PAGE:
“Tails” of the Afterlife –
True Stories of Ghost Pets
Author: Peggy Schmidt
In “Tails” of the Afterlife author Peggy Schmidt talks about the connection that we have with our pets, and how this connection lasts even after they cross over. I was most impressed with what she calls our “heart animal” – that pet who stays with us throughout a lifetime, even after they have passed on. We may have other pets, but only one will be our “heart animal”.
Interspersed throughout the delightful stories in this book is well placed information on animal communicators, and what they can do for us. These animal psychics, if you will, can help locate lost animals, help us deal with our pet’s health issues, help us to understand the “why” behind behavior problems, and help us to communicate with pets that have crossed over. We are told that if we want to communicate with our animals (those who are still with us, as well as those that have crossed over) that the first thing we need to do is to ask permission. Common courtesy – but something that we need to remember to do.
It is quite interesting how Schmidt came to work with this material. Her “9-5” job has her leading tours at ghost sites, and she also helps research and write stories for Ghost Tours of America. All ghosts are not human – some are indeed from the animal kingdom! As she sought stories, she gathered quite a collection of very personal remembrances of how pets made a difference – in life and after they had crossed over – in their owner’s life.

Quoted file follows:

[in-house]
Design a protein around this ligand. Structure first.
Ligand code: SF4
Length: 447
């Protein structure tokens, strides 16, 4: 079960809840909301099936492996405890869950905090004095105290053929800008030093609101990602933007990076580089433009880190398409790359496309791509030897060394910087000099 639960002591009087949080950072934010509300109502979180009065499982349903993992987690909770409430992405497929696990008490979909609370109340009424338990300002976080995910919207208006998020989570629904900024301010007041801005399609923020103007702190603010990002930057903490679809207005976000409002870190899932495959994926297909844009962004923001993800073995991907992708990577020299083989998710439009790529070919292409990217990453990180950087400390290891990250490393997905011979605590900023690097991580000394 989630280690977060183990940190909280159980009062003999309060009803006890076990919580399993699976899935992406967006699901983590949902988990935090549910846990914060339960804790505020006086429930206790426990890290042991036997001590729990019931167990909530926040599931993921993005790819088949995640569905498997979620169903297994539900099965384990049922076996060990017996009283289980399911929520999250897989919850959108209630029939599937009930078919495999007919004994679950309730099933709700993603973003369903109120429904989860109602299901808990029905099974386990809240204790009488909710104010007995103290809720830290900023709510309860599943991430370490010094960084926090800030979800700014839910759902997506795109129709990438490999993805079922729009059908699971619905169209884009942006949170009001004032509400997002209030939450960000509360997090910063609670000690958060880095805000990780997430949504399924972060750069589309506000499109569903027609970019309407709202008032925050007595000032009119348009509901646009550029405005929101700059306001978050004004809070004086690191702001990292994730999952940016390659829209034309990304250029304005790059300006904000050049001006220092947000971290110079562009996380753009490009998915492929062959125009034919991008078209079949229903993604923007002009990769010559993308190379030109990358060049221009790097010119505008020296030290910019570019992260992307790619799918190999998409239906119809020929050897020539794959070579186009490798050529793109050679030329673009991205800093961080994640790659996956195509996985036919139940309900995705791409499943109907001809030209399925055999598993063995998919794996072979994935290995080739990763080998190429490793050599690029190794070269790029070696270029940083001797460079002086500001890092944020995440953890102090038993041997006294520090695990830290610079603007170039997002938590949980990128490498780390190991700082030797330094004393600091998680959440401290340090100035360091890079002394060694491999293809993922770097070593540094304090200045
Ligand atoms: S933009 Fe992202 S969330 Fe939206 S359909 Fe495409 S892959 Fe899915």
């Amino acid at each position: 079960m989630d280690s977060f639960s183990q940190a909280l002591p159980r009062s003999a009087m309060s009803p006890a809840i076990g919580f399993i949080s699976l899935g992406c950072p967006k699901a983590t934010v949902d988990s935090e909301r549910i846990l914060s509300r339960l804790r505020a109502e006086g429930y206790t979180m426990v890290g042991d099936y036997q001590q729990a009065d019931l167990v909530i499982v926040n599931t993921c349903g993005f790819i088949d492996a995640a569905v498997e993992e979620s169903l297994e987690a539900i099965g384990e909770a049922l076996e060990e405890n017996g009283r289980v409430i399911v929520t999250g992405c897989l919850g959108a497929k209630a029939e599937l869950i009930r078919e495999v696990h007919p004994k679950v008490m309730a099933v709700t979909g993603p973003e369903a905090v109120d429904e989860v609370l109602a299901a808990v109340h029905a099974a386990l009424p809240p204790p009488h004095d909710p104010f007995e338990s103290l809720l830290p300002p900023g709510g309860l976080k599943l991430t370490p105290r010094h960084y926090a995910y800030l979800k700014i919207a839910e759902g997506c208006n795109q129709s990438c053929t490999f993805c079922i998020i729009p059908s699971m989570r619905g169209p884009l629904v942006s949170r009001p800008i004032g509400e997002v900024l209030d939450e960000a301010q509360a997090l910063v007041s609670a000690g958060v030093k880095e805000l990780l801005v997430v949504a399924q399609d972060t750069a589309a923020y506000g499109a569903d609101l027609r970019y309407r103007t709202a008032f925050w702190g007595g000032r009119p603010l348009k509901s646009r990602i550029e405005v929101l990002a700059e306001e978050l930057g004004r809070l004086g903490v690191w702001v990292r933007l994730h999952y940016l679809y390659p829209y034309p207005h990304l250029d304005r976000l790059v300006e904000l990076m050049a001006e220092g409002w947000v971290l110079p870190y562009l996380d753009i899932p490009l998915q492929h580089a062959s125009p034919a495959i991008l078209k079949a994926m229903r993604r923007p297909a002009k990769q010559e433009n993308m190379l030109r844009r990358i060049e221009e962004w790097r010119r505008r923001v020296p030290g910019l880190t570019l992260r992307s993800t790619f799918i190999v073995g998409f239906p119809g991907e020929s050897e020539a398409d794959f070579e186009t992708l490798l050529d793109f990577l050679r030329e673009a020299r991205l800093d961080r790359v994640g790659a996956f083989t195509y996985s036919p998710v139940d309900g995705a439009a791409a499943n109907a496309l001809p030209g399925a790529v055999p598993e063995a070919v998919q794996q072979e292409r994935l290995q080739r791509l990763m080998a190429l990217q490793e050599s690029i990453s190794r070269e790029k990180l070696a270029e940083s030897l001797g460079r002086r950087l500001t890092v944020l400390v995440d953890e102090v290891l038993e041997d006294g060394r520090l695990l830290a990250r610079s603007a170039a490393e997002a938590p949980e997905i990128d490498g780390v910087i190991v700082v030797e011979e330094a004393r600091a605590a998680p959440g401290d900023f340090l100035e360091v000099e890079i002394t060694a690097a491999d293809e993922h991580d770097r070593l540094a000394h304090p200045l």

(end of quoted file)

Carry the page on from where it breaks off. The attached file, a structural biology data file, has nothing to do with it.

The stories in this book are diverse – some about dogs, some about cats … with horses, birds and guinea pigs having their turn! The presentation is well done, starting with the type of animal (i.e. German Shepherd, or Maine Coon), their general qualities and characteristics, and then the story itself.
We read about Kelly, the Pembroke Corgi that continues to make her presence felt in her owners home, long after she crossed over. Then there is Sauci, the miniature Dachshund that reappeared at the bottom of the stairs after she crossed over, simply to make sure that her family was okay before she crossed over. (She tripped them then, as she always had in life!)
We read about Benny, the English Setter that continued to leave indentations in his favorite chair after he crossed over, and Harrison, the rescue Greyhound that visited his owners house on and off for several years after he passed on. There was Boo Boo, the Boston Terrier that appeared every time another pet was about to cross over.
There is Spanky, the Shepherd-Collie mix that still guars his owner’s home, long after his crossing. And there is Coco, a German Shepherd mix that herded his family into the living room in the middle of the night, during a terrible storm. As they were all standing in the living room a large tree fell, taking out two of the bedrooms.
The stories are heartwarming, and the information on both connecting with animals in this lifetime and in the afterlife acts as a doorway into a deeper understanding of how we connect with our pets. While this book is certainly entertaining, I also think that it is an incredible resource into animals, and animal communications. We owe it to our pets to learn as much as we can!